In business terms, addressing a building’s environmental  performance is just another problem of efficiency, of finding areas where efficiency is lacking and applying sound management practices to get the numbers moving in the right direction.  In short, this is the ULI Greenprint Center’s entire mission.

The Center’s latest report (full PDF available here) suggests that management is getting the job done.  Cost of energy fell by 3.2% as real estate owners and managers in the Center’s portfolio also booked significant performance gains in carbon emissions reduction and energy consumption.  The recycling rate picked up over eight percentage points to sit at 21.4%.

Other categories were less dramatic – the Center moved the needle on occupancy/density to the tune of a 1% increase, while water usage rose by half a point.

Getting Serious, Getting A Handle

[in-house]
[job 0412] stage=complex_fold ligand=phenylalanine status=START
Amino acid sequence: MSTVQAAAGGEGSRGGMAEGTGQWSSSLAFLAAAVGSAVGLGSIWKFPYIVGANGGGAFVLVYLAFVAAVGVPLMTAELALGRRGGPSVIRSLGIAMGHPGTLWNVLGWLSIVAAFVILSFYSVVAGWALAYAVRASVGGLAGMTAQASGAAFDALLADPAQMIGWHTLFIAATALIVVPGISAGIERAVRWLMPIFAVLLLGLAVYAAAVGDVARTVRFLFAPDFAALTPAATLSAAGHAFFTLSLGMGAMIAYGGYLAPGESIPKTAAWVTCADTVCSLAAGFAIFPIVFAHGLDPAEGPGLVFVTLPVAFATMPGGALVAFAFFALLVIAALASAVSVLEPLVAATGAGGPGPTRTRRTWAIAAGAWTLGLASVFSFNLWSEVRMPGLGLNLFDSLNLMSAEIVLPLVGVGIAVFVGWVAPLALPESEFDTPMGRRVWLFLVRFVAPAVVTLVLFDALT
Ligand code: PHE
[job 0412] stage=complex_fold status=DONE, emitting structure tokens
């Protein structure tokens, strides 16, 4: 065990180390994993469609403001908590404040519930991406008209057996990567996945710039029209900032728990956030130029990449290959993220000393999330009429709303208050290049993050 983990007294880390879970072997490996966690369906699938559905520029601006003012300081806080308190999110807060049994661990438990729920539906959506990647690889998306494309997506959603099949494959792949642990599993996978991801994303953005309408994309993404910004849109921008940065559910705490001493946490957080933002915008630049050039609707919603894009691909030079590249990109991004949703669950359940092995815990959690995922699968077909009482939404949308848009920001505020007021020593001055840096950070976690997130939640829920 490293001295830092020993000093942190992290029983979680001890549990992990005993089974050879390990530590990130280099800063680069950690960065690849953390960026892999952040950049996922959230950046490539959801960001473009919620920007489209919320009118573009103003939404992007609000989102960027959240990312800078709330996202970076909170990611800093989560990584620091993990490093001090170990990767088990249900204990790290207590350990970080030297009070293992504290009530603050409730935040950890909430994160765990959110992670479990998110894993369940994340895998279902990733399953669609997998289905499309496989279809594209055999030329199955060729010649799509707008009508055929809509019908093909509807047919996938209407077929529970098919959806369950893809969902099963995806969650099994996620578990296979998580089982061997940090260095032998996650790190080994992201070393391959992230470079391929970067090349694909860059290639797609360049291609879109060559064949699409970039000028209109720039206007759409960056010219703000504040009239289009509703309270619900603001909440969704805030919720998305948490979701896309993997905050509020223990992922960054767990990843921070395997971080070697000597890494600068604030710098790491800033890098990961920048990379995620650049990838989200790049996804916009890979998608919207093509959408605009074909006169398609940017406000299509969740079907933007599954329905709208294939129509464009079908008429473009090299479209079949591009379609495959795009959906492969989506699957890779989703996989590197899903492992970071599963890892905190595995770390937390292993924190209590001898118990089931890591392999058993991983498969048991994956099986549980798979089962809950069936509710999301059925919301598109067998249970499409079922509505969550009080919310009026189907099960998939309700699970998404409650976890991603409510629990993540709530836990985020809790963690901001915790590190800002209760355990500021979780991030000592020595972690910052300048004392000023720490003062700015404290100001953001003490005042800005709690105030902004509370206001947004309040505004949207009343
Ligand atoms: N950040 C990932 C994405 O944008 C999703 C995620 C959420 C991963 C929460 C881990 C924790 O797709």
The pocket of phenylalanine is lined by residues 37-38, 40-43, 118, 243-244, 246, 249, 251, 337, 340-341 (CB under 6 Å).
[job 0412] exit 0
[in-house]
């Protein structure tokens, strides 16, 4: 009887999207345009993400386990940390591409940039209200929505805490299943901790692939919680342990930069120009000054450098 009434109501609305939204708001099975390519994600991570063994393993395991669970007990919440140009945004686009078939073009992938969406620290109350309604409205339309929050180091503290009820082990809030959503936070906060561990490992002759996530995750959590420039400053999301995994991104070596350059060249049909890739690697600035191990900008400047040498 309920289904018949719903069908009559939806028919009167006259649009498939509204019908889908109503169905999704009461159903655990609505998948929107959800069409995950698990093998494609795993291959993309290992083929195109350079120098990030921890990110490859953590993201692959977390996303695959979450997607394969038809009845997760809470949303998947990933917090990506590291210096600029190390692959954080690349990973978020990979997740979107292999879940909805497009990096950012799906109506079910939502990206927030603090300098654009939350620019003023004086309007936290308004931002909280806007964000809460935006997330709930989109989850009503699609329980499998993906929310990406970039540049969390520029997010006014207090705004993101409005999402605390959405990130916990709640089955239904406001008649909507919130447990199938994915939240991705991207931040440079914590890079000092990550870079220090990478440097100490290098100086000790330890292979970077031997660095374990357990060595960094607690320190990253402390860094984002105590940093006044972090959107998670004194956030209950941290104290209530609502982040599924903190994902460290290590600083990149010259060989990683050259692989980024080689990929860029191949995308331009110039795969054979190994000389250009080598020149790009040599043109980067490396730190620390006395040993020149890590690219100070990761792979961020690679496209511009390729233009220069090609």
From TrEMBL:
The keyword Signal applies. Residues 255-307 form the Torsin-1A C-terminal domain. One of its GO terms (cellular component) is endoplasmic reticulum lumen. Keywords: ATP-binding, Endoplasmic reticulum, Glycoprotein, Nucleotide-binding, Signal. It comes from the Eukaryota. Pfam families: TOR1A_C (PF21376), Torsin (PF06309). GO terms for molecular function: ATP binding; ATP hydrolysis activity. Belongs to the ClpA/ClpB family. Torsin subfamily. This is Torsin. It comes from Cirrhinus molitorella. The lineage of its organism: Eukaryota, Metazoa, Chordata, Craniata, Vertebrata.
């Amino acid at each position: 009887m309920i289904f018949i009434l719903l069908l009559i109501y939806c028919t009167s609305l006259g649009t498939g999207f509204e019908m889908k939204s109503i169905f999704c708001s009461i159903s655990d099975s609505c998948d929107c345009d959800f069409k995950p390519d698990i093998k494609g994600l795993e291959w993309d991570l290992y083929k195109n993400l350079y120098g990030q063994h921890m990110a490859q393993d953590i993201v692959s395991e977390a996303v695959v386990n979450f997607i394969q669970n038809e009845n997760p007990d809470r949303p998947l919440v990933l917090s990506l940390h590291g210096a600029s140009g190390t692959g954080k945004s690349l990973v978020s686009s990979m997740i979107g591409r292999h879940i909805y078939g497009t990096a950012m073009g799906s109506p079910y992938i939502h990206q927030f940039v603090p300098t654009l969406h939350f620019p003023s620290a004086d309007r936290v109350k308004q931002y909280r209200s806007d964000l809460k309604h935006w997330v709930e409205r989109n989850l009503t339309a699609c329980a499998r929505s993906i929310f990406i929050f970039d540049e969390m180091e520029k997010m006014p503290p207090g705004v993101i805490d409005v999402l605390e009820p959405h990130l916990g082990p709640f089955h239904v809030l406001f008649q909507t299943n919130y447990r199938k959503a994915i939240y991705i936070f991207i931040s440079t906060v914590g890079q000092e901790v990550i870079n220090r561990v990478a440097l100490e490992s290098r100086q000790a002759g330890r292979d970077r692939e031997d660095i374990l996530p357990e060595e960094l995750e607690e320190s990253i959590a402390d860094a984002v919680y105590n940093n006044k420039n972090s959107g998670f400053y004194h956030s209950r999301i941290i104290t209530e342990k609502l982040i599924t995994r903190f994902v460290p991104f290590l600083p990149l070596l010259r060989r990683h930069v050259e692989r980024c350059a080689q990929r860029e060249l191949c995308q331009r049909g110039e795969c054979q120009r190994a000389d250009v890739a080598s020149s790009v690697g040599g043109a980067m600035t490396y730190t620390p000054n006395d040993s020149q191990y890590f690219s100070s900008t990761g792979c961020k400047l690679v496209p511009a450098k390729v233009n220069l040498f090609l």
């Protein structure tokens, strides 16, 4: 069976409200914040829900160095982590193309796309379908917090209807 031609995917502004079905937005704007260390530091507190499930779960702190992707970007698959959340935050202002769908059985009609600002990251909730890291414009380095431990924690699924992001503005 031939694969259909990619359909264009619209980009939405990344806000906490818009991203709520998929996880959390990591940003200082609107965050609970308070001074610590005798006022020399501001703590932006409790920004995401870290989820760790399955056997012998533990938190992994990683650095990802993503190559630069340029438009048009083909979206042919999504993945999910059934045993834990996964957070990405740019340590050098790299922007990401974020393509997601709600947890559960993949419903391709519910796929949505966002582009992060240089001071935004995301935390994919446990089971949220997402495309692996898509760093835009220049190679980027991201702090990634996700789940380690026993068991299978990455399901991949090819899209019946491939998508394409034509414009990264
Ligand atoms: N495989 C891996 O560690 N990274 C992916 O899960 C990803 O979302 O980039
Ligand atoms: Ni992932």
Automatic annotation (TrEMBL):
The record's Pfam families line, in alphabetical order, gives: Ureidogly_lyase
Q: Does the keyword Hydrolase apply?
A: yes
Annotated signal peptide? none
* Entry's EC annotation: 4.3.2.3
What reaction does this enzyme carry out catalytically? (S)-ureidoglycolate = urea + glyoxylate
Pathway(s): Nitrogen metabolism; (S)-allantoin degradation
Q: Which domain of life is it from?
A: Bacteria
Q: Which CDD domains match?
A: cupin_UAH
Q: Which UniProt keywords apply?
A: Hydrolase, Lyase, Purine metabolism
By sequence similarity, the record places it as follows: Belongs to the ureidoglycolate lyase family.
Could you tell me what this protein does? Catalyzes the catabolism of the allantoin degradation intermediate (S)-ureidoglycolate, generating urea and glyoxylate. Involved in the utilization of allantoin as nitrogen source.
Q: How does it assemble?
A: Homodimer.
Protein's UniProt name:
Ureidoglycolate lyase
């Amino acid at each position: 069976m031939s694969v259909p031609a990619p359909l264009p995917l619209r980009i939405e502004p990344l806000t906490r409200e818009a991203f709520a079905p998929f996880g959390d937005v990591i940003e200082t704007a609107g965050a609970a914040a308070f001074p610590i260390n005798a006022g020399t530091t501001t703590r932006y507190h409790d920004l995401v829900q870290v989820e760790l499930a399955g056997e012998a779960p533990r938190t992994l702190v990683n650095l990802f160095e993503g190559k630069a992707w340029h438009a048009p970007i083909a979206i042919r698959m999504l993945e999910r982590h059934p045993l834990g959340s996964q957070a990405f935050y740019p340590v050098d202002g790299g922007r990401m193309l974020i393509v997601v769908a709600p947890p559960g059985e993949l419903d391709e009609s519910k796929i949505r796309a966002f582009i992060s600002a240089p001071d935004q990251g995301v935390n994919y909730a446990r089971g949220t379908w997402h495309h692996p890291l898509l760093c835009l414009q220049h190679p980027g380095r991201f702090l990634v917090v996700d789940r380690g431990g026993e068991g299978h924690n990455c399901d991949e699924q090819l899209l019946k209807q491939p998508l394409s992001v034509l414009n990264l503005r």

Since our most productive economic engines are housed in commercial buildings, it falls to property owners and managers to act as stewards for that economic activity, to steer the ships and watch out for threats on the horizon.  That activity is a great power and it comes with a great responsibility to do everything we can to manage the byproducts of that activity.  Photos and video from cities in mainland China, choked with smog, are a stark reminder of what badly managed economic growth results in. Moments of doubt concerning carbon emissions are maybe understandable when the carbon’s invisible.  But when the carbon is thick enough to where you can’t see in front of your face, it’s long past time to get serious and recognize the deepest threats to property ownership and sustained economic power come not from scientists and environmentalists, but from bad management.